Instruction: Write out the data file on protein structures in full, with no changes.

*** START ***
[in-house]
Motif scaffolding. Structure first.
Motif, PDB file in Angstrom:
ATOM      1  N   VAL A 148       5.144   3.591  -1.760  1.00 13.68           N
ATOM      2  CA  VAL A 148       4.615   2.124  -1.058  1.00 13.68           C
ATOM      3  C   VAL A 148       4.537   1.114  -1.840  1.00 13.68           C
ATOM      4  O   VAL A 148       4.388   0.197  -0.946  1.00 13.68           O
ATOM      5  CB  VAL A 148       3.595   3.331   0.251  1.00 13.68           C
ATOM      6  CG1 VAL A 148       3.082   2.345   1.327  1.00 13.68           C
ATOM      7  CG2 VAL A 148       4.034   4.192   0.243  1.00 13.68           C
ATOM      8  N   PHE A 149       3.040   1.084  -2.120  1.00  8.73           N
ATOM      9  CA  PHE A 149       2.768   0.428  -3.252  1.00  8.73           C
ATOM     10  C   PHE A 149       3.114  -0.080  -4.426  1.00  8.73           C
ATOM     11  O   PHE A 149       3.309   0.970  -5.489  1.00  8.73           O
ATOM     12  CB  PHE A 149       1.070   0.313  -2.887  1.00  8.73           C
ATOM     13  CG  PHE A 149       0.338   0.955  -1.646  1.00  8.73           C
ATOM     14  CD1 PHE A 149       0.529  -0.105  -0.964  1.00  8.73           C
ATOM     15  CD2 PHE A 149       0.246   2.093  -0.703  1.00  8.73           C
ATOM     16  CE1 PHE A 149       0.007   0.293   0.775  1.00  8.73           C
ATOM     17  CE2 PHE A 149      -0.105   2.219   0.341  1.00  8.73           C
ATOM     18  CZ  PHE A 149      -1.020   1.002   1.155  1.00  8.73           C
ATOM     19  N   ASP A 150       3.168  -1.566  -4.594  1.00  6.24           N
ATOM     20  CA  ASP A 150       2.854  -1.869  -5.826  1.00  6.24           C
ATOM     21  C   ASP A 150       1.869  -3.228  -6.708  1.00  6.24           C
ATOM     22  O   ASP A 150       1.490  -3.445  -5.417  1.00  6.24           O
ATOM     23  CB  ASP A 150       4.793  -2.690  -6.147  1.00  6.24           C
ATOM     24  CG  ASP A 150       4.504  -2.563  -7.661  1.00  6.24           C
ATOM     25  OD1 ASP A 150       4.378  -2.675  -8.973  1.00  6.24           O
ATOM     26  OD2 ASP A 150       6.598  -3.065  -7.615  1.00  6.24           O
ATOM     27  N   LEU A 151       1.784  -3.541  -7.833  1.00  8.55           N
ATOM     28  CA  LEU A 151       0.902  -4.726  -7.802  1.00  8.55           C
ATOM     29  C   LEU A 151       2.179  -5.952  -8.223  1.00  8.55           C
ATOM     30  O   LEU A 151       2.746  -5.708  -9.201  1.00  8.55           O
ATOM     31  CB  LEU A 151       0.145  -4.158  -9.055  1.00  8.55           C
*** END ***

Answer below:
[in-house]
Motif scaffolding. Structure first.
Motif, PDB file in Angstrom:
ATOM      1  N   VAL A 148       5.144   3.591  -1.760  1.00 13.68           N
ATOM      2  CA  VAL A 148       4.615   2.124  -1.058  1.00 13.68           C
ATOM      3  C   VAL A 148       4.537   1.114  -1.840  1.00 13.68           C
ATOM      4  O   VAL A 148       4.388   0.197  -0.946  1.00 13.68           O
ATOM      5  CB  VAL A 148       3.595   3.331   0.251  1.00 13.68           C
ATOM      6  CG1 VAL A 148       3.082   2.345   1.327  1.00 13.68           C
ATOM      7  CG2 VAL A 148       4.034   4.192   0.243  1.00 13.68           C
ATOM      8  N   PHE A 149       3.040   1.084  -2.120  1.00  8.73           N
ATOM      9  CA  PHE A 149       2.768   0.428  -3.252  1.00  8.73           C
ATOM     10  C   PHE A 149       3.114  -0.080  -4.426  1.00  8.73           C
ATOM     11  O   PHE A 149       3.309   0.970  -5.489  1.00  8.73           O
ATOM     12  CB  PHE A 149       1.070   0.313  -2.887  1.00  8.73           C
ATOM     13  CG  PHE A 149       0.338   0.955  -1.646  1.00  8.73           C
ATOM     14  CD1 PHE A 149       0.529  -0.105  -0.964  1.00  8.73           C
ATOM     15  CD2 PHE A 149       0.246   2.093  -0.703  1.00  8.73           C
ATOM     16  CE1 PHE A 149       0.007   0.293   0.775  1.00  8.73           C
ATOM     17  CE2 PHE A 149      -0.105   2.219   0.341  1.00  8.73           C
ATOM     18  CZ  PHE A 149      -1.020   1.002   1.155  1.00  8.73           C
ATOM     19  N   ASP A 150       3.168  -1.566  -4.594  1.00  6.24           N
ATOM     20  CA  ASP A 150       2.854  -1.869  -5.826  1.00  6.24           C
ATOM     21  C   ASP A 150       1.869  -3.228  -6.708  1.00  6.24           C
ATOM     22  O   ASP A 150       1.490  -3.445  -5.417  1.00  6.24           O
ATOM     23  CB  ASP A 150       4.793  -2.690  -6.147  1.00  6.24           C
ATOM     24  CG  ASP A 150       4.504  -2.563  -7.661  1.00  6.24           C
ATOM     25  OD1 ASP A 150       4.378  -2.675  -8.973  1.00  6.24           O
ATOM     26  OD2 ASP A 150       6.598  -3.065  -7.615  1.00  6.24           O
ATOM     27  N   LEU A 151       1.784  -3.541  -7.833  1.00  8.55           N
ATOM     28  CA  LEU A 151       0.902  -4.726  -7.802  1.00  8.55           C
ATOM     29  C   LEU A 151       2.179  -5.952  -8.223  1.00  8.55           C
ATOM     30  O   LEU A 151       2.746  -5.708  -9.201  1.00  8.55           O
ATOM     31  CB  LEU A 151       0.145  -4.158  -9.055  1.00  8.55           C